Center for Teaching and Learning
Teaching Foreign Languages
Goals of foreign language programs vary, depending on the nature of the language taught and methodological preferences. Since there are many different approaches to teaching a foreign language, you will need to work closely with your course supervisor to ensure that your instruction is compatible with your department’s approach.
General principles for Teaching Foreign Languages
Here, we include a few general principles that should apply no matter what language learning approach you employ: addressing student expectations, creating a positive learning environment, and finding a balance among modeling, explaining, and practice.
Address Student Expectations
Make clear to your students your approach to language learning and provide a rationale. Students’ initial expectations for your course may be based on previous language learning experiences that differ significantly from the one that you will provide.
Create a Positive Learning Environment
Research suggests that a key factor in effective language teaching is the creation of a comfortable classroom atmosphere. Some ways to do this include:
- Assure students at the beginning of the course that it is normal to make errors and that they need not be afraid to respond in class.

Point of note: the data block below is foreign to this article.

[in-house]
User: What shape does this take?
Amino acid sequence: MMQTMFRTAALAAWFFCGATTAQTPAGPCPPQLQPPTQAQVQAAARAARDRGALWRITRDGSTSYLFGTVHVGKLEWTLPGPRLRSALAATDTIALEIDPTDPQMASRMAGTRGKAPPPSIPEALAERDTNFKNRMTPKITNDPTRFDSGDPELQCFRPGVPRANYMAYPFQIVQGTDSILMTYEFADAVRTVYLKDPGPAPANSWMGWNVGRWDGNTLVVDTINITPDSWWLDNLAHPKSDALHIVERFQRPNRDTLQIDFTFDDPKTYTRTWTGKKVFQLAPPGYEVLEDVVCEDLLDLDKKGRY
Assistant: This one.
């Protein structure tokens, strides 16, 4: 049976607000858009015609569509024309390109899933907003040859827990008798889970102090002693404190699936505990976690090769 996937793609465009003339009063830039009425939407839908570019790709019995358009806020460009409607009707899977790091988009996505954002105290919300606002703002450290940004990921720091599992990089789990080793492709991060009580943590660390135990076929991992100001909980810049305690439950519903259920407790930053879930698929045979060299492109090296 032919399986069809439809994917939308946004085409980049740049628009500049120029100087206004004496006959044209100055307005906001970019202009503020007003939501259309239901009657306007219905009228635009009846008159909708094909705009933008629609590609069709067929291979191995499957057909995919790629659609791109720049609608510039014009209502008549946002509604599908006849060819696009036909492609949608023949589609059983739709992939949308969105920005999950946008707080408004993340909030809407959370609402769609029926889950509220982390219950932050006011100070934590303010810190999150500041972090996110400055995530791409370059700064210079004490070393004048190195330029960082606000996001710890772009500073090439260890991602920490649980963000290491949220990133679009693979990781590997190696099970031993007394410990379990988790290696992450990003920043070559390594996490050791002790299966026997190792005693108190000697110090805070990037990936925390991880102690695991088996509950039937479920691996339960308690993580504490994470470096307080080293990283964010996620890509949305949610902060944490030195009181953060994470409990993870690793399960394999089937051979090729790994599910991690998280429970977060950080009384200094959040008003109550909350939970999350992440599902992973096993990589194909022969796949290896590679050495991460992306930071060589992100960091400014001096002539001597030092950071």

- Provide plenty of positive feedback. Even when responses are incorrect, look for ways to comment positively before correcting.
- Correct selectively and carefully so as not to intimidate students.
- Use pair work, group work, and quick writing tasks to provide students with “thinking time” before conducting large-group activities.
- Arrange for students to meet with you during your office hours for short, individual conferences. Some students find this one-to-one situation less stressful than speaking in front of a group. Such meetings can also increase student-instructor rapport, which, in turn, may increase students’ comfort with participating in class.
- Encourage equal participation by all students, so more-advanced students don’t intimidate weaker students.
Find a Balance Among Modeling, Explaining, and Practice
Some modeling and grammar explanations are always necessary, but students will only master new material through practicing it intensively. Maintaining an appropriate balance of modeling, explanation, and practice in your classes will contribute significantly to the effectiveness of your instruction.